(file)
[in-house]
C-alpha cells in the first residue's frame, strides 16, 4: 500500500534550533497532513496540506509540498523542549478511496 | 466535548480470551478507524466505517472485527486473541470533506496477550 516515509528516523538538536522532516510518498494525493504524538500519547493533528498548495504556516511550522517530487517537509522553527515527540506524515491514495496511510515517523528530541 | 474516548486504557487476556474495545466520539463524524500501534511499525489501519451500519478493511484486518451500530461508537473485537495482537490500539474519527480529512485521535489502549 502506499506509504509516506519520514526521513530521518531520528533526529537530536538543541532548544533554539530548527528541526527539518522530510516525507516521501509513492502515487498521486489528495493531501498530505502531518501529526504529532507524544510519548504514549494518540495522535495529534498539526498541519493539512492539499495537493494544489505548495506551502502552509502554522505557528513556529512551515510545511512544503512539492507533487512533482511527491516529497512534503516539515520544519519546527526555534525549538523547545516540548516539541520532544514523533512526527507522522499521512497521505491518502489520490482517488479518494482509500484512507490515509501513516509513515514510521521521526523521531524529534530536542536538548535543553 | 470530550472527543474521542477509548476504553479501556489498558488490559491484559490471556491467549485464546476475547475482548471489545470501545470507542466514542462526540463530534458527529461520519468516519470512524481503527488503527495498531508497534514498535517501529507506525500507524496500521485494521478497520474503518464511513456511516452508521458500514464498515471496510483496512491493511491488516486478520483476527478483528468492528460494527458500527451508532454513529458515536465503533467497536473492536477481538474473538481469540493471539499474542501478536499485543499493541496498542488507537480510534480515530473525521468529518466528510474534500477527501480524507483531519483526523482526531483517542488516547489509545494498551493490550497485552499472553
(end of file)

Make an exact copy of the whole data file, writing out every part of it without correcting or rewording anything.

[in-house]
C-alpha cells in the first residue's frame, strides 16, 4: 500500500534550533497532513496540506509540498523542549478511496 | 466535548480470551478507524466505517472485527486473541470533506496477550 516515509528516523538538536522532516510518498494525493504524538500519547493533528498548495504556516511550522517530487517537509522553527515527540506524515491514495496511510515517523528530541 | 474516548486504557487476556474495545466520539463524524500501534511499525489501519451500519478493511484486518451500530461508537473485537495482537490500539474519527480529512485521535489502549 502506499506509504509516506519520514526521513530521518531520528533526529537530536538543541532548544533554539530548527528541526527539518522530510516525507516521501509513492502515487498521486489528495493531501498530505502531518501529526504529532507524544510519548504514549494518540495522535495529534498539526498541519493539512492539499495537493494544489505548495506551502502552509502554522505557528513556529512551515510545511512544503512539492507533487512533482511527491516529497512534503516539515520544519519546527526555534525549538523547545516540548516539541520532544514523533512526527507522522499521512497521505491518502489520490482517488479518494482509500484512507490515509501513516509513515514510521521521526523521531524529534530536542536538548535543553 | 470530550472527543474521542477509548476504553479501556489498558488490559491484559490471556491467549485464546476475547475482548471489545470501545470507542466514542462526540463530534458527529461520519468516519470512524481503527488503527495498531508497534514498535517501529507506525500507524496500521485494521478497520474503518464511513456511516452508521458500514464498515471496510483496512491493511491488516486478520483476527478483528468492528460494527458500527451508532454513529458515536465503533467497536473492536477481538474473538481469540493471539499474542501478536499485543499493541496498542488507537480510534480515530473525521468529518466528510474534500477527501480524507483531519483526523482526531483517542488516547489509545494498551493490550497485552499472553